Instead, Notre Dame Cathedral is just one and is easily recognizable because of its stupendous and enormous facade.
All the others are churches that have played an important role during the history of Rouen, such as Saint Maclou, which was badly hit and damaged by bombing in 1944 during World War II.
Rouen is not only the city of a hundred steeples, it is also known as the place where Joan of Arc was killed in Place du Vieux Marché.
It is therefore a very interesting city indeed. It is 40 kilometers from the previous stage and is just a couple of hours’ drive from Paris itself. This means that in case you do not want to spend a night outside the capital, you can do step 1-2-3 in the day and avoid continuing to the sea. In case you want to continue north, then the advice is to find accommodation in Rouen to continue the itinerary the next day.
Read also: Things to do in Rouen
Step 4 – Honfleur: the romantic medieval city
It takes just over 90 km and 1 hour and 10 minutes to reach Honfleur from Rouen.
The beauty of this town is matched by the cost of its parking lots: huge!
It was and is an important port in Normandy and northern France in general. The harbor represents exactly the center of the town arranged in a horseshoe shape on the port area. In the evening Honfleur acquires that touch of romance with all the lights of the small restaurants reflecting in the water.
I’m suggesting Honfleur as the penultimate stop on the entire itinerary, it’s a stopover that doesn’t allow you to see it when the sun goes down but if you get a chance to spend a night there you will see it in its full glory.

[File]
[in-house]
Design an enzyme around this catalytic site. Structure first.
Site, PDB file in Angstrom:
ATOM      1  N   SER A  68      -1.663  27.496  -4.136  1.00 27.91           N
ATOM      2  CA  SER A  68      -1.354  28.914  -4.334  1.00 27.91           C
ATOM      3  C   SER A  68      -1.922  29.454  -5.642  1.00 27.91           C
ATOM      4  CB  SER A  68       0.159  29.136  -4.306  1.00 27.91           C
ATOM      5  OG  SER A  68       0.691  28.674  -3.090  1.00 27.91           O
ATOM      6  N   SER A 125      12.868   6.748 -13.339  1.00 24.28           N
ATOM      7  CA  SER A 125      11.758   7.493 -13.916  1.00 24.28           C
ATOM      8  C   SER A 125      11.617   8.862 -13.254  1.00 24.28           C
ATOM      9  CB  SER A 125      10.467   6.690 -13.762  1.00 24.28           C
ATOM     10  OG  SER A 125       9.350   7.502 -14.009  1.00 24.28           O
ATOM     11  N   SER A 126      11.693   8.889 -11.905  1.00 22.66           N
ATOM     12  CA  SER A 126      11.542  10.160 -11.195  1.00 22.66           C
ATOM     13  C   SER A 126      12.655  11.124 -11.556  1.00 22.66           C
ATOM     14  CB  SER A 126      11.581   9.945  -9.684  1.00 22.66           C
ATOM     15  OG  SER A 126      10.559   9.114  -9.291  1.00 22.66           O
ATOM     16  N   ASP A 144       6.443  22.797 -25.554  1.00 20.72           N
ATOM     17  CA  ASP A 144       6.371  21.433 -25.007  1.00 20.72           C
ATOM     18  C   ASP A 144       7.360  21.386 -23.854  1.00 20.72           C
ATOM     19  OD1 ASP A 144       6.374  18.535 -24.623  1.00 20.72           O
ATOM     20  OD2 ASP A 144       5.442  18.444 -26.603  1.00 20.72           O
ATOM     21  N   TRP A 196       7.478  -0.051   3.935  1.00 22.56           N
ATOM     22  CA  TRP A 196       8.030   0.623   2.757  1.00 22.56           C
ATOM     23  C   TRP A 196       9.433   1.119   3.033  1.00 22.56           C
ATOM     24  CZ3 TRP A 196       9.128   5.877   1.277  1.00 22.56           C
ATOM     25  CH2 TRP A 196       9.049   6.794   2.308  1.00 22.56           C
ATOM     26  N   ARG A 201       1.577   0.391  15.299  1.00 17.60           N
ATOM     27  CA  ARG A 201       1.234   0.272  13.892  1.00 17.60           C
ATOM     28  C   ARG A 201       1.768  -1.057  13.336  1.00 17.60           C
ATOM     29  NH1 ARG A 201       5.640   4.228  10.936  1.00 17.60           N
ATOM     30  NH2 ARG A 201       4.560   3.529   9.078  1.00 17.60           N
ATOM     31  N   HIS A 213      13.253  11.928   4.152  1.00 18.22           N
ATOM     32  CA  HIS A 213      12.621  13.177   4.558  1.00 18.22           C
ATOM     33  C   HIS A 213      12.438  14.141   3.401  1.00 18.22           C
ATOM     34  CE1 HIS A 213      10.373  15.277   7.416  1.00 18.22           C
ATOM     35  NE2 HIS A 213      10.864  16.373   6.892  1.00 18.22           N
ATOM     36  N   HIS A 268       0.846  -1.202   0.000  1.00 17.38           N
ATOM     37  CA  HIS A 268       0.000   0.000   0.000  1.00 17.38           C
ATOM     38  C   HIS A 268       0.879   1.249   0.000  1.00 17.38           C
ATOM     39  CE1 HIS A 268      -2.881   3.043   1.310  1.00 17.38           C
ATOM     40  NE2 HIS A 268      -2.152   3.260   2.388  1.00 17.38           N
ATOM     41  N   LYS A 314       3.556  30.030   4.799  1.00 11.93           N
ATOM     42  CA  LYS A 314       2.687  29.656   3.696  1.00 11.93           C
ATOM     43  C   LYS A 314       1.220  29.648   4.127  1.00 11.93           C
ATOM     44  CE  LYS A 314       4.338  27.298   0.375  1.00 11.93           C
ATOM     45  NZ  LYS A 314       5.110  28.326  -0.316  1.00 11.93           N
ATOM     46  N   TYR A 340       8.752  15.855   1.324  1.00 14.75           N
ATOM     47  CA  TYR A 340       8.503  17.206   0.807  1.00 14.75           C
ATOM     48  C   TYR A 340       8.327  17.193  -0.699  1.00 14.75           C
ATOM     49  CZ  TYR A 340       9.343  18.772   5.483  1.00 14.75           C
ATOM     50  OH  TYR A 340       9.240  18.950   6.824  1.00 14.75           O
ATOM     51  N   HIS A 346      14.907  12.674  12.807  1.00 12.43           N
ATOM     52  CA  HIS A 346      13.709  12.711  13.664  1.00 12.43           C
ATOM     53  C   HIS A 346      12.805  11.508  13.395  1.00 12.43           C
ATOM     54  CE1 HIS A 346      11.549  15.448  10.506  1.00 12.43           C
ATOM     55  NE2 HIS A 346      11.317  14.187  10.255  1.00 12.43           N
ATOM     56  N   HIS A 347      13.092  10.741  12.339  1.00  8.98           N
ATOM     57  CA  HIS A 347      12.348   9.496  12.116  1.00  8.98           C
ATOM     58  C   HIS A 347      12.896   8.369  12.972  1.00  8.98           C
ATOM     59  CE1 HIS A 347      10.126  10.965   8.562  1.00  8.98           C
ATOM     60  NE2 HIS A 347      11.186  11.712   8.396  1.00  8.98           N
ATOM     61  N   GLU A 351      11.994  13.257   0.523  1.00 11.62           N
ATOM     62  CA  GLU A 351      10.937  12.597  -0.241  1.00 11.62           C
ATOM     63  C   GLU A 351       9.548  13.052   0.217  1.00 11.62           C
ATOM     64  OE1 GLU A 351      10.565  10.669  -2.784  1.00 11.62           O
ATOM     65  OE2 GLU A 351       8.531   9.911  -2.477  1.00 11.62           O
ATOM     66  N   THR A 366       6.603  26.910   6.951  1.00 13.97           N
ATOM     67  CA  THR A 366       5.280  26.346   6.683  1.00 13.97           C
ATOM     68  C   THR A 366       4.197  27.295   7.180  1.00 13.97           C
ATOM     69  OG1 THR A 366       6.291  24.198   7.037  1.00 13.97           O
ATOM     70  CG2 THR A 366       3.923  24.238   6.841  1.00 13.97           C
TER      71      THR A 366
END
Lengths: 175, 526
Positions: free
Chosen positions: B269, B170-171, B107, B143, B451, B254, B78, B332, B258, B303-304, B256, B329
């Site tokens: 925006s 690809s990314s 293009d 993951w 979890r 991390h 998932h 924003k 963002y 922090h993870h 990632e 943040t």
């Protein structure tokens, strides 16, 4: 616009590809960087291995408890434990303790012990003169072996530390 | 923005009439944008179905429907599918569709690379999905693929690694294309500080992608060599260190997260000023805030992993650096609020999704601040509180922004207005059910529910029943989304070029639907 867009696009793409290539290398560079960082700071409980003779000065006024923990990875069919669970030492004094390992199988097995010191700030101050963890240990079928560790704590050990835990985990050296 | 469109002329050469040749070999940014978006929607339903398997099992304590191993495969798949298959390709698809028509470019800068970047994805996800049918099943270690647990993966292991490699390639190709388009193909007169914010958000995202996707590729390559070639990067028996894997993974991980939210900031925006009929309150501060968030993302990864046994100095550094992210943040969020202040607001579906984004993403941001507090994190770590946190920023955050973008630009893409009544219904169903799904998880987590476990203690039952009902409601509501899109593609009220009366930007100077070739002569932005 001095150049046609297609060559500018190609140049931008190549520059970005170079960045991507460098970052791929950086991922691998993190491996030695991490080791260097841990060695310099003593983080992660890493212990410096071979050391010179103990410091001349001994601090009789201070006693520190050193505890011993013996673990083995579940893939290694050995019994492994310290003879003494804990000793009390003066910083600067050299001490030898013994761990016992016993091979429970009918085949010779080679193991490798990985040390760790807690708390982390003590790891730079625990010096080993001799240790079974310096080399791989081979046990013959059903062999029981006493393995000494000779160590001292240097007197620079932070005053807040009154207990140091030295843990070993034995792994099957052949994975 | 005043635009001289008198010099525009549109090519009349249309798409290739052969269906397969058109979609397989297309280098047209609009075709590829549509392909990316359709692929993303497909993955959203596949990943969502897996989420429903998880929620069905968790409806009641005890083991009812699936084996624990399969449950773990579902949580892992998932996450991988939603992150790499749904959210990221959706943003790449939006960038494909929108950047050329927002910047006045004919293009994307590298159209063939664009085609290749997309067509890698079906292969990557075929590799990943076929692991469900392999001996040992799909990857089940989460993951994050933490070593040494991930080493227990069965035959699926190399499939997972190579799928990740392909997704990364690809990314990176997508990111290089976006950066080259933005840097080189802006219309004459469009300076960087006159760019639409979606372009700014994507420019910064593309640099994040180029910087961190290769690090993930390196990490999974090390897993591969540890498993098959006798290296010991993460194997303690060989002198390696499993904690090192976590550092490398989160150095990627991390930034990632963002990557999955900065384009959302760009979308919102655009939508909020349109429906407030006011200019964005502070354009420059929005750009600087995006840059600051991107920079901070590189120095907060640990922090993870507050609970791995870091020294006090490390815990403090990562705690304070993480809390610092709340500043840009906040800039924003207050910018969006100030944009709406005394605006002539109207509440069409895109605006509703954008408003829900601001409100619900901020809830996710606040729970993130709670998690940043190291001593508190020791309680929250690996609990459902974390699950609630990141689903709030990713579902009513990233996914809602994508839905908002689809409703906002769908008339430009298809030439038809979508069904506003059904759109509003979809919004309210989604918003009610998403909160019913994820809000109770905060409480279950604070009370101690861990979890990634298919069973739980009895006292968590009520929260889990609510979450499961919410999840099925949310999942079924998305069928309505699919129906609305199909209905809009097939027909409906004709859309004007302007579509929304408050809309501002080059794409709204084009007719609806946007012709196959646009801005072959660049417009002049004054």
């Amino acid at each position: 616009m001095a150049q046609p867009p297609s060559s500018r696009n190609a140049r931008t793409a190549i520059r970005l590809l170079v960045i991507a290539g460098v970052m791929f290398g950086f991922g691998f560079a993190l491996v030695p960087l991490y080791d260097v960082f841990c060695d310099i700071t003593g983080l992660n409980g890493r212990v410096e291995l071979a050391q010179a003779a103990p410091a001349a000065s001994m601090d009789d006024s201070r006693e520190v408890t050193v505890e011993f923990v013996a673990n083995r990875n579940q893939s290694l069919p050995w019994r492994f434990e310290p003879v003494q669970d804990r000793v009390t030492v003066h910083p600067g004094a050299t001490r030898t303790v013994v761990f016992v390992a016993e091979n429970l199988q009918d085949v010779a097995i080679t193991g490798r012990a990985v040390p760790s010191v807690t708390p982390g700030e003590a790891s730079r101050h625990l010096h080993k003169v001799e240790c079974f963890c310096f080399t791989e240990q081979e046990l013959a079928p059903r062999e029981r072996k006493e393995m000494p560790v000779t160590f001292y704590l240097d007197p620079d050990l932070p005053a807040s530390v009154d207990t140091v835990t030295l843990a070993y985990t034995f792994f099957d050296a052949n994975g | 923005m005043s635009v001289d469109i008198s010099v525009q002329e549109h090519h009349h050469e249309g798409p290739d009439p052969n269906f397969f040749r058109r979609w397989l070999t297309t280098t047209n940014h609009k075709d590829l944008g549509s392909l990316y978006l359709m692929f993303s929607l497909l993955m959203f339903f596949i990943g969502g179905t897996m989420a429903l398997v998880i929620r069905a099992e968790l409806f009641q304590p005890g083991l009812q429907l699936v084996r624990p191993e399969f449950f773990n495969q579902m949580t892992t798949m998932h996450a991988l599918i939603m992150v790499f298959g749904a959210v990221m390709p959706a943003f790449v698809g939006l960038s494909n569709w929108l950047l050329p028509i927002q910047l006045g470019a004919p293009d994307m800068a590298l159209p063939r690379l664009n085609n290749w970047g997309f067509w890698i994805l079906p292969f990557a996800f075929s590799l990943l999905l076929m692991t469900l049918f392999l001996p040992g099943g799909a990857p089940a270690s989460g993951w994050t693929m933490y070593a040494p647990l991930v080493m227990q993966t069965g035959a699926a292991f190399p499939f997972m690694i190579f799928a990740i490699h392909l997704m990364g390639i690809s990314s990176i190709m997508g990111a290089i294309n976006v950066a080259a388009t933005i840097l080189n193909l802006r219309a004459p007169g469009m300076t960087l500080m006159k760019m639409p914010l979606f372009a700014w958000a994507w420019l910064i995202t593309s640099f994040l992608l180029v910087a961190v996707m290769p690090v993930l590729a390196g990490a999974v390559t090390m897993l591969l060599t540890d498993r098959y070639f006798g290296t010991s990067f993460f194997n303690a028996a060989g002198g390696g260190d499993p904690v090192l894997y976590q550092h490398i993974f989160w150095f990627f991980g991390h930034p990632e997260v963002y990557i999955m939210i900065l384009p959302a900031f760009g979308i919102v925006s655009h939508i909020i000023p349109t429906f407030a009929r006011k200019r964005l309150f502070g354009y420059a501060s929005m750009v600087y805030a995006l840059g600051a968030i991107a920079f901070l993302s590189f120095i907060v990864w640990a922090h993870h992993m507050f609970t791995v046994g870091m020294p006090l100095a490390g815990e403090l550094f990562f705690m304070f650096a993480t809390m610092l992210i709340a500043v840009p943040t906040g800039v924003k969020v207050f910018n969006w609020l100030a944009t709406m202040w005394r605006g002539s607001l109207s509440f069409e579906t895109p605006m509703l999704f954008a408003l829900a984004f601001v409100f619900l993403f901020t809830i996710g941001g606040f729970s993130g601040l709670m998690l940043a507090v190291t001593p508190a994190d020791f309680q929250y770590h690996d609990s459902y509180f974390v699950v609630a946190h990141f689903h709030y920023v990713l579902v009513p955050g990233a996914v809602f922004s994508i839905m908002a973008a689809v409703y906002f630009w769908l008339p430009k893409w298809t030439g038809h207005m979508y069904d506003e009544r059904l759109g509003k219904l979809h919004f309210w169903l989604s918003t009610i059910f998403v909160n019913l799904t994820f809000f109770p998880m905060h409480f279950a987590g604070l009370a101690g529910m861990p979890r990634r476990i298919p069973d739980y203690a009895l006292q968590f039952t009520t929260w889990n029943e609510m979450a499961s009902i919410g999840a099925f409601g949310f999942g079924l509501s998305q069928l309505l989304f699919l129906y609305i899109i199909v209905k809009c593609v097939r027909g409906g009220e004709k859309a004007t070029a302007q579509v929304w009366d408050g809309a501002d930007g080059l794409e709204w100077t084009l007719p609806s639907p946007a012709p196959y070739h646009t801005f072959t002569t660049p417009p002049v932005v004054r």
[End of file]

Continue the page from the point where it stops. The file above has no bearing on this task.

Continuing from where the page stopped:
Tip: stop for a plate of fresh crevettes (shrimp) at a restaurant overlooking the harbor!!!
Step 5 – Étretat: walking on the chalk cliffs
Étretat is the blue-roofed town nestled between the cliffs of the alabaster coast. To get there from Honfleur, one must cross a remarkable piece of engineering: the Pont du Normandie over the Maritime Seine. A (toll) 59-meter-high bridge that connects Lower Normandy to Upper Normandy.
Étretat is 45 kilometers from Honfleur, just over half an hour’s drive, minimal distances for those accustomed to ontheroads of several hundred kilometers each way. The beauty of Normandy is also this, the fact that it has so many interesting places within a few miles of each other.
So Étretat represents the last stop on this two-day itinerary around Paris. This small town is famous for its impressive chalk cliffs overlooking the sea: the Aval and Amont cliffs. Tourists appreciate these places because there are paths that make it easy to climb the cliffs and look at Étretat from another point of view. On one cliff they even built a golf course, nothing more exclusive!
Read also: How to visit Étretat
The village of Étretat itself is very pretty, although, excluding the casino, it does not have many clubs or activities to do in the evening. I visited it in October and the season was practically already over, probably in July and August there is a bit more life.
Step 6 – Return to Paris
A couple of hours from Étretat and you will be back in Paris. An alternative, should you still have time, would be to proceed to Fécamp and Le Tréport to appreciate the entire alabaster coast.
Conclusions and useful links
There are some very interesting places to discover in the Paris environs. Without necessarily having to go deep into lower Normandy, it is possible to follow this itinerary starting from the French capital. It can be done in a day or in two days by reaching as far as the north coast.